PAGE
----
Dallasite by Brian Mihok

Editor Matty Byloos, Fiction, August 30th, 2011

"She smiled to herself a lot as if something was always pleasing her...."

dallasite brian mihok
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Rebecca dreamed of visiting Dallas. Her parents thought it a strange destination for an eleven year-old. It’s in the north, isn’t it? her mother said to her father. I thought it was more in the middle, he said.

Surely all girls strove for excellence and achieved success in Dallas. Surely they weren’t beholden to the pitfalls of this place. This troubling and backwater city of Roger’s Falls. Here a girl was not even allowed to play baseball with her brother on his Little League team. Her own brother! Here a girl was taught to be pretty and sweet but told no, no, no when she asked to possess pretty things. This contradiction fueled a constant flame of indignation that, as Rebecca liked to think, prevented a girl from acting as sweet as she ought to.

This place. This lesser of lessers. She had to get out.

Rebecca did a report on Dallas. Dallas has 1.2 million people. The city is 385 beautiful square miles. The demonym for Dallas is Dallasite, as in Rebecca so yearned to become a Dallasite. It was founded in 1841, though before that the area had been inhabited by Native Americans known as the Caddo. Rebecca wondered what the Caddo were like. She assumed they were an adaptable and brilliant people for settling on such a blessed plain, and she wondered where they might reside today. The lesson in her history book mentioned that they left the area but it did not say how, why, or when. She thought they would be happy to know what an amazing place had become of their land.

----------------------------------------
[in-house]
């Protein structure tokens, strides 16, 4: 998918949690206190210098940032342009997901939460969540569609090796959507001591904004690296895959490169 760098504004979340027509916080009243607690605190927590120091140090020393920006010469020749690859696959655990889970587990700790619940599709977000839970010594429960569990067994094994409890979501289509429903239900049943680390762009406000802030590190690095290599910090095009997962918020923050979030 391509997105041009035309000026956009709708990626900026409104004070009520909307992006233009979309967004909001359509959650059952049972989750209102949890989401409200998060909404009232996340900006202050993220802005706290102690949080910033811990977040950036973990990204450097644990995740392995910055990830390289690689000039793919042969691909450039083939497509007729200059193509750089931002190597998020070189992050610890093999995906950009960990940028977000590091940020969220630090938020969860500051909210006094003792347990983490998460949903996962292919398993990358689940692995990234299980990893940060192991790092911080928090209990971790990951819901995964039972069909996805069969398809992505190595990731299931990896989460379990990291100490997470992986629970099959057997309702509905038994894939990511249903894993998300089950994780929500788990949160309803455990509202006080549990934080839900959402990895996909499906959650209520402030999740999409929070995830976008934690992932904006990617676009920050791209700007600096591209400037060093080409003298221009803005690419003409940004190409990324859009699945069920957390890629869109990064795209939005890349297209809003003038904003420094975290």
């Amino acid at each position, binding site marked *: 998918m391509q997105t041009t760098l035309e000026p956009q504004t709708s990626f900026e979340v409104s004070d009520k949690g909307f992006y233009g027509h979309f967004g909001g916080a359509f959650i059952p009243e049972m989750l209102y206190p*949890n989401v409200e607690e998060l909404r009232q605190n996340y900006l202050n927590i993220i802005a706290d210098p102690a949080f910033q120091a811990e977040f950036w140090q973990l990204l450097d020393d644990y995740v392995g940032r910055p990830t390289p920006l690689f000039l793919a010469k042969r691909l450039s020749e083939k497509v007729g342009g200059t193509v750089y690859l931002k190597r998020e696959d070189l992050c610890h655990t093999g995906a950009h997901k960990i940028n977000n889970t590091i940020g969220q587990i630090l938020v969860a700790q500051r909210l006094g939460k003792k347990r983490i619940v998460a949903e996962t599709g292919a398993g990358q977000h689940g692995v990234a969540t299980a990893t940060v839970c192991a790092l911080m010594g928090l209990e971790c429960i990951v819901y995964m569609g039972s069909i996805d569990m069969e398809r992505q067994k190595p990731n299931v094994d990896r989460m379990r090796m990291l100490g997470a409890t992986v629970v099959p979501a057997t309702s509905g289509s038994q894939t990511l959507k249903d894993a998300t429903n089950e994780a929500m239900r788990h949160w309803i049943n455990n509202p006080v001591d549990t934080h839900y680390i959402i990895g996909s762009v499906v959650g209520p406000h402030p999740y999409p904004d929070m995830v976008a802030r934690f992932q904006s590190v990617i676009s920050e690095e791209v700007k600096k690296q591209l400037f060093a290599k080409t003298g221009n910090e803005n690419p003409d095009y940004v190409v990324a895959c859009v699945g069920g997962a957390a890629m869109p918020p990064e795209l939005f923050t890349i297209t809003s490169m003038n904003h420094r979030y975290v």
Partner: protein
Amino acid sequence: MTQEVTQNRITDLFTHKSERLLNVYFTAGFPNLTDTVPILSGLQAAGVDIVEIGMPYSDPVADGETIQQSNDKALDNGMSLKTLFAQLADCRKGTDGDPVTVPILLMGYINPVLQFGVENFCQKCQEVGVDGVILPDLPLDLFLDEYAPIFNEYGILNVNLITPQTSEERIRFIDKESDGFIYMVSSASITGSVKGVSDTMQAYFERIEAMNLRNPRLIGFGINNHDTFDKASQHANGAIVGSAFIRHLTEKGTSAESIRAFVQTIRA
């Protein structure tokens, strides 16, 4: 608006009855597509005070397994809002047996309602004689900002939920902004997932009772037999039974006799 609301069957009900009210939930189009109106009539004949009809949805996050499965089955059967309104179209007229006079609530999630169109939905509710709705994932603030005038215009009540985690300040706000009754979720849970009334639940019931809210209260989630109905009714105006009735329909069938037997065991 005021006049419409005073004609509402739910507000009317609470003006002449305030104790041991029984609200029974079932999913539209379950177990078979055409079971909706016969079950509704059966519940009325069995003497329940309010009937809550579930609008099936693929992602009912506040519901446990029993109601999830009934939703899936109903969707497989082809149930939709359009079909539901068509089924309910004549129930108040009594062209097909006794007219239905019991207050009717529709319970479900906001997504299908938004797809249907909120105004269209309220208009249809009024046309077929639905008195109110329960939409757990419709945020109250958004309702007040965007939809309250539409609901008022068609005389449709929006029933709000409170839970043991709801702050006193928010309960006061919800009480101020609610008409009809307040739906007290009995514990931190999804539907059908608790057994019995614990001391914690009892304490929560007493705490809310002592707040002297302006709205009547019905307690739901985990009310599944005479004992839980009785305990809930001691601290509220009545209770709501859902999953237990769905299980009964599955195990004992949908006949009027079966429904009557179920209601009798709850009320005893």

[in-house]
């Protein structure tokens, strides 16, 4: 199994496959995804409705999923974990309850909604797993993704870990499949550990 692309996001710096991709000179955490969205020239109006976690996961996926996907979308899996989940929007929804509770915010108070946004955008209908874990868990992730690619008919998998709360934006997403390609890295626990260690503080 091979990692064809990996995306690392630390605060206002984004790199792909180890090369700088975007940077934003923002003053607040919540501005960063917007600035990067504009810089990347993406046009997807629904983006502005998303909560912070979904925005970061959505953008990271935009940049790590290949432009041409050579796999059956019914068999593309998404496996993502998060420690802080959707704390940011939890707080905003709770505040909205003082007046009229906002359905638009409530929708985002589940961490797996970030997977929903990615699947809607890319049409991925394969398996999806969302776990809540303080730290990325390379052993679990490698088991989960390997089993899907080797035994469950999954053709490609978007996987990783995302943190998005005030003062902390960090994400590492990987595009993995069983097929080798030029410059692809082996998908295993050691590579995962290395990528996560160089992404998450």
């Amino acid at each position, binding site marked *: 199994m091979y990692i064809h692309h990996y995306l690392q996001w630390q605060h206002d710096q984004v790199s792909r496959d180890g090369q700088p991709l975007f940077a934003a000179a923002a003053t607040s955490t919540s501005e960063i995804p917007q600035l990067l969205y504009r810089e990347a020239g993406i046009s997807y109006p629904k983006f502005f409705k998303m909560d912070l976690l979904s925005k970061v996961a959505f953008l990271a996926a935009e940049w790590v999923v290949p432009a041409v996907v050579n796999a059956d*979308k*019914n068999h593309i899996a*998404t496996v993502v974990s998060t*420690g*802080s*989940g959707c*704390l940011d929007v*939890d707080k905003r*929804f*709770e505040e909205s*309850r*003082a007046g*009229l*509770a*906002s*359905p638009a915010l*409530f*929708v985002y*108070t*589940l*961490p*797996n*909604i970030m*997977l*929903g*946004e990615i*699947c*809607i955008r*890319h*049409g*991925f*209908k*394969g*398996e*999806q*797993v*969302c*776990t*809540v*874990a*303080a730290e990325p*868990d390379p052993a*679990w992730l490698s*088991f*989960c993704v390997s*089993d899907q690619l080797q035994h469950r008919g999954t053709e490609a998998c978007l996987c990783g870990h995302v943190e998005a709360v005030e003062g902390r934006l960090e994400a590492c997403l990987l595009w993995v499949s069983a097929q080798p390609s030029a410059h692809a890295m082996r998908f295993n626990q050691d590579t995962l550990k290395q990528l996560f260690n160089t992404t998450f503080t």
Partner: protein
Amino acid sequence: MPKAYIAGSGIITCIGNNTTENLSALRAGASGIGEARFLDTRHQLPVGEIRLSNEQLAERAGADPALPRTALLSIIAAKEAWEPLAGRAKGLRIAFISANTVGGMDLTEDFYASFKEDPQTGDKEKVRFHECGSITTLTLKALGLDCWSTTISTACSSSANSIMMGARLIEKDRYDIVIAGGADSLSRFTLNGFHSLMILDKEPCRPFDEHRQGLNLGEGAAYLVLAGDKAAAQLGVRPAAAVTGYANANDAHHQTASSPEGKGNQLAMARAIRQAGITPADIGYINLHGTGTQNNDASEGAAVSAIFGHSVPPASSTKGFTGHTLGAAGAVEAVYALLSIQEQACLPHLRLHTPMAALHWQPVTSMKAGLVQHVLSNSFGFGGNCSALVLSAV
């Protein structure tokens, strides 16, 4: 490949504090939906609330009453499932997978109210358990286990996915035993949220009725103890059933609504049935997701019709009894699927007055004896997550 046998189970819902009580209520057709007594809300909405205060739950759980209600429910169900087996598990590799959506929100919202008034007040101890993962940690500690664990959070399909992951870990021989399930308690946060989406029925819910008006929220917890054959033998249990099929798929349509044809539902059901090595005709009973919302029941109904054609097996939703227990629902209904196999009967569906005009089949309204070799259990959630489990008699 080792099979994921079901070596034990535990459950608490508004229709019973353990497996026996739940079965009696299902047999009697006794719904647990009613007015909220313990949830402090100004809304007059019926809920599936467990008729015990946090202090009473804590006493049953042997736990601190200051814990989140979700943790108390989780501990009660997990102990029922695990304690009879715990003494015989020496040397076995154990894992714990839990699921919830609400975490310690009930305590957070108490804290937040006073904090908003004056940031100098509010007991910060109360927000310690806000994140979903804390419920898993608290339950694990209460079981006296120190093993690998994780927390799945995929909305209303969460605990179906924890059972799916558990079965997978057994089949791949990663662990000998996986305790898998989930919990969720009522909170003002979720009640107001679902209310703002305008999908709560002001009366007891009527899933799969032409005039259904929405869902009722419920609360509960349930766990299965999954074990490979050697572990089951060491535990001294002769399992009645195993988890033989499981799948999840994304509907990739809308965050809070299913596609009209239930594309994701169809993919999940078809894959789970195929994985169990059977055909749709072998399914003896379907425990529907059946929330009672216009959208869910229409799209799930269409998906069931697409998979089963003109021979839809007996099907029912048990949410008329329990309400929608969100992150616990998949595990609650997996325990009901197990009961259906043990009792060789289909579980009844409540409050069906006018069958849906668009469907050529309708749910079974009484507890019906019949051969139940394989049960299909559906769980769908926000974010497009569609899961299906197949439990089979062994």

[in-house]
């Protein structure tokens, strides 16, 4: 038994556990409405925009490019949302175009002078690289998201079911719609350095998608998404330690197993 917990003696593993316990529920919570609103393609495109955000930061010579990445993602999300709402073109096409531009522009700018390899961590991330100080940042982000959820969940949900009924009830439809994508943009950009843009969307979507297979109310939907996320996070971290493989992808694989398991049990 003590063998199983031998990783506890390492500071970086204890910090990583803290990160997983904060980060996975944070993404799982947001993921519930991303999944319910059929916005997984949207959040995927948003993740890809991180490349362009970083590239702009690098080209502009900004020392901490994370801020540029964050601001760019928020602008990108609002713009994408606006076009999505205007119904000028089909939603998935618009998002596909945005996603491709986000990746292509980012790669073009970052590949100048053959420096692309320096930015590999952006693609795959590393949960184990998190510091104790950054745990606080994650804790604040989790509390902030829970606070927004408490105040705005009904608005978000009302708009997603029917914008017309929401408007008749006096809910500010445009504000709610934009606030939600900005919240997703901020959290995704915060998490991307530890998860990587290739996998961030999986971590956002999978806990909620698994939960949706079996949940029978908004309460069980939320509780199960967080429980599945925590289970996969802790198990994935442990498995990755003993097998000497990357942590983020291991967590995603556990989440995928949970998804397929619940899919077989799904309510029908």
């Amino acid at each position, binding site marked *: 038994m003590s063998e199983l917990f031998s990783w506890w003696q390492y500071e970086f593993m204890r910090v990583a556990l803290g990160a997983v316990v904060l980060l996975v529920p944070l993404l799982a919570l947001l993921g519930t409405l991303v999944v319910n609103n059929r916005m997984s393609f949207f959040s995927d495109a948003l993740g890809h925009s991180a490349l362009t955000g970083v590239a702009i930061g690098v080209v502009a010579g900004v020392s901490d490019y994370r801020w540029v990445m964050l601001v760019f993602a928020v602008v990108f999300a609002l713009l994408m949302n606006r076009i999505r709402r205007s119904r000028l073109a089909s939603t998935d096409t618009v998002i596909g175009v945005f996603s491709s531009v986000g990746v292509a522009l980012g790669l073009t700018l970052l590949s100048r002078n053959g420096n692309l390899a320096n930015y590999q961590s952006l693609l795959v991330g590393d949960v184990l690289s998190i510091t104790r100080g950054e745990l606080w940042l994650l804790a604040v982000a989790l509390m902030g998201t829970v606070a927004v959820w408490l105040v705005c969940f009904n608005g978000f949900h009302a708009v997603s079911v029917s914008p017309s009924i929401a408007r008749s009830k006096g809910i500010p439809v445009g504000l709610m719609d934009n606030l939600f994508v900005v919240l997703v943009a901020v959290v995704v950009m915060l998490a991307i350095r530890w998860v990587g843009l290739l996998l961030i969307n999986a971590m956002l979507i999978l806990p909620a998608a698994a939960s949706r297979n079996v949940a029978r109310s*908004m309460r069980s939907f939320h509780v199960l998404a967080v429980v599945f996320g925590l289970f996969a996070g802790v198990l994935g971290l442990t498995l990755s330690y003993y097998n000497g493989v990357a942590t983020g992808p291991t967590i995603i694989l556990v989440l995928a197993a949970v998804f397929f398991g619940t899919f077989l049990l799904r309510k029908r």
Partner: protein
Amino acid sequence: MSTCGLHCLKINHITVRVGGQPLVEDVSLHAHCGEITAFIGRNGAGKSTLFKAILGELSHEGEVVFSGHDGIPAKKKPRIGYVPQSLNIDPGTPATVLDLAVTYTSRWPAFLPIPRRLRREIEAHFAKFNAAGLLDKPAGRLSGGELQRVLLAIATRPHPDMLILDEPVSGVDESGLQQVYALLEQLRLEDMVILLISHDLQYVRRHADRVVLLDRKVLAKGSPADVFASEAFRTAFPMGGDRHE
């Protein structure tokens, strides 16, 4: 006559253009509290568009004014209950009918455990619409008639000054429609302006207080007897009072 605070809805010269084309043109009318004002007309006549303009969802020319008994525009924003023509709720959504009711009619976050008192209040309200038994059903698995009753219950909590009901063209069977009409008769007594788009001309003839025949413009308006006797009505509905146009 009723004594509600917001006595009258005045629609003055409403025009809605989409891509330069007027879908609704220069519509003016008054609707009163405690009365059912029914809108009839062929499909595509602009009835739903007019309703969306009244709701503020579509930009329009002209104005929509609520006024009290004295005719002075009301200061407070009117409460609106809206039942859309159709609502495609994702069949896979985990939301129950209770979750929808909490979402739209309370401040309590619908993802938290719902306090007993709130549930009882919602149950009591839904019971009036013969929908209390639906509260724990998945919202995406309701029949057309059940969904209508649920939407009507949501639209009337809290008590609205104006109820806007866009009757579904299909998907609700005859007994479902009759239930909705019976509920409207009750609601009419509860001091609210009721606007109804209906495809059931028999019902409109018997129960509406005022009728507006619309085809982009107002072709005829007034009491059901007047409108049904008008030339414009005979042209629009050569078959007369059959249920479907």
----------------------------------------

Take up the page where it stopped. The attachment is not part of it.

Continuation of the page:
Rebecca grew up and married a man named Daniel. Daniel was an account manager. In his spare time he built things in the garage with a table saw and drill press. He was originally from Roger’s Falls but they met in Seattle at college. After graduation they moved to Olympia where they both found jobs. Rebecca was a media consultant. They both worked long hours and sometimes they didn’t speak for days at a time because of their schedules. On the weekends Daniel only wanted to relax in the garage designing unintentionally experimental furniture.

One day a potential client contacted Rebecca and asked to have a face-to-face. The client lived in Dallas. Something about Dallas seemed familiar to Rebecca, as if she’d been there long ago. She remembered a report she wrote as a girl. She told Daniel about her childhood longing for Dallas. Here’s your chance, he said and drank from a glass of scotch and went back to the garage.

She packed more than she needed. She kept thinking just in case, just in case. She was calm on the flight, which took four hours, but as she walked through the concourse she couldn’t stop smiling. It felt the same as a time in college, before she had met Daniel, when she won an election to be president of her residence hall. She ran unopposed but even so, when the ballots were counted, she couldn’t stop smiling and thinking, I really won.

The client took her to dinner at a restaurant downtown. He said he would get a table and asked if she would wait at the bar. The place was crowded and she quickly lost sight of him as he elbowed his way to the hostess. She went to the bar and ordered a whiskey sour. Nearest to her was a burly man breathing deeply into a light beer. Beyond him was a pair of young women giggling to each other. At the end of the bar was a little girl. She seemed to be alone. She wore a blue dress with white dots and was staring up at a television.

The girl was Rebecca when she was eleven. Rebecca went down to talk to her.

Hello? Rebecca said to her younger self.

The girl smiled a fake smile.

You mind if I sit here?

The girl said nothing and Rebecca sat down.

What are you watching? she asked.

It appears to be a baseball game, the girl said.

Oh, do you like baseball?

I like it well enough, the girl said, but it’s a bit of a long story.

Are you here alone? Rebecca said.

Are you? the girl said still looking at the television.